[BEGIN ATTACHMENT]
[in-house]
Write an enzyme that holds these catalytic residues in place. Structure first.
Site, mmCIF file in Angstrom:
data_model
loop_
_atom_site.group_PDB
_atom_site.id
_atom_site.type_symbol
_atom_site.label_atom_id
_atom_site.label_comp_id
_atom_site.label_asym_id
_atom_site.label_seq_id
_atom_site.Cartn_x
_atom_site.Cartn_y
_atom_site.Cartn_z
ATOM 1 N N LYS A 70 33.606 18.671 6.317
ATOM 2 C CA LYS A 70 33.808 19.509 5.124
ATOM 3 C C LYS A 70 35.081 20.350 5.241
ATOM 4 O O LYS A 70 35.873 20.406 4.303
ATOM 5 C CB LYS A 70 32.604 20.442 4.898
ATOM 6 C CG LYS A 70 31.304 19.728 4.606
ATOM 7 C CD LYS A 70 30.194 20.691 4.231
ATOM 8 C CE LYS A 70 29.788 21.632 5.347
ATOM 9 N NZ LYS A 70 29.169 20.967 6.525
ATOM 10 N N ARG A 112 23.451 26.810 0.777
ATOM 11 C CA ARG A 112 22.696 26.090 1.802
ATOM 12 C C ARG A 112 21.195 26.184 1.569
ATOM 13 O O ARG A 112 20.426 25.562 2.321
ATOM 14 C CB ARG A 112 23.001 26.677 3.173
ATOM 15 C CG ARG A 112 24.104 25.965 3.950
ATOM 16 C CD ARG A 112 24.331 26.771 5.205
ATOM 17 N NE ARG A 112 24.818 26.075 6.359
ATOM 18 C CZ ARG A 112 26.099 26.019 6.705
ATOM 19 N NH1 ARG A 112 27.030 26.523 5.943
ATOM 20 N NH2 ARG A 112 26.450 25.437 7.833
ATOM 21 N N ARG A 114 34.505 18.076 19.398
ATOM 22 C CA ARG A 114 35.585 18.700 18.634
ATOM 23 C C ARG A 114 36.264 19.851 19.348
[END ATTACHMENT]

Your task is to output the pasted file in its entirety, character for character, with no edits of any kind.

[in-house]
Write an enzyme that holds these catalytic residues in place. Structure first.
Site, mmCIF file in Angstrom:
data_model
loop_
_atom_site.group_PDB
_atom_site.id
_atom_site.type_symbol
_atom_site.label_atom_id
_atom_site.label_comp_id
_atom_site.label_asym_id
_atom_site.label_seq_id
_atom_site.Cartn_x
_atom_site.Cartn_y
_atom_site.Cartn_z
ATOM 1 N N LYS A 70 33.606 18.671 6.317
ATOM 2 C CA LYS A 70 33.808 19.509 5.124
ATOM 3 C C LYS A 70 35.081 20.350 5.241
ATOM 4 O O LYS A 70 35.873 20.406 4.303
ATOM 5 C CB LYS A 70 32.604 20.442 4.898
ATOM 6 C CG LYS A 70 31.304 19.728 4.606
ATOM 7 C CD LYS A 70 30.194 20.691 4.231
ATOM 8 C CE LYS A 70 29.788 21.632 5.347
ATOM 9 N NZ LYS A 70 29.169 20.967 6.525
ATOM 10 N N ARG A 112 23.451 26.810 0.777
ATOM 11 C CA ARG A 112 22.696 26.090 1.802
ATOM 12 C C ARG A 112 21.195 26.184 1.569
ATOM 13 O O ARG A 112 20.426 25.562 2.321
ATOM 14 C CB ARG A 112 23.001 26.677 3.173
ATOM 15 C CG ARG A 112 24.104 25.965 3.950
ATOM 16 C CD ARG A 112 24.331 26.771 5.205
ATOM 17 N NE ARG A 112 24.818 26.075 6.359
ATOM 18 C CZ ARG A 112 26.099 26.019 6.705
ATOM 19 N NH1 ARG A 112 27.030 26.523 5.943
ATOM 20 N NH2 ARG A 112 26.450 25.437 7.833
ATOM 21 N N ARG A 114 34.505 18.076 19.398
ATOM 22 C CA ARG A 114 35.585 18.700 18.634
ATOM 23 C C ARG A 114 36.264 19.851 19.348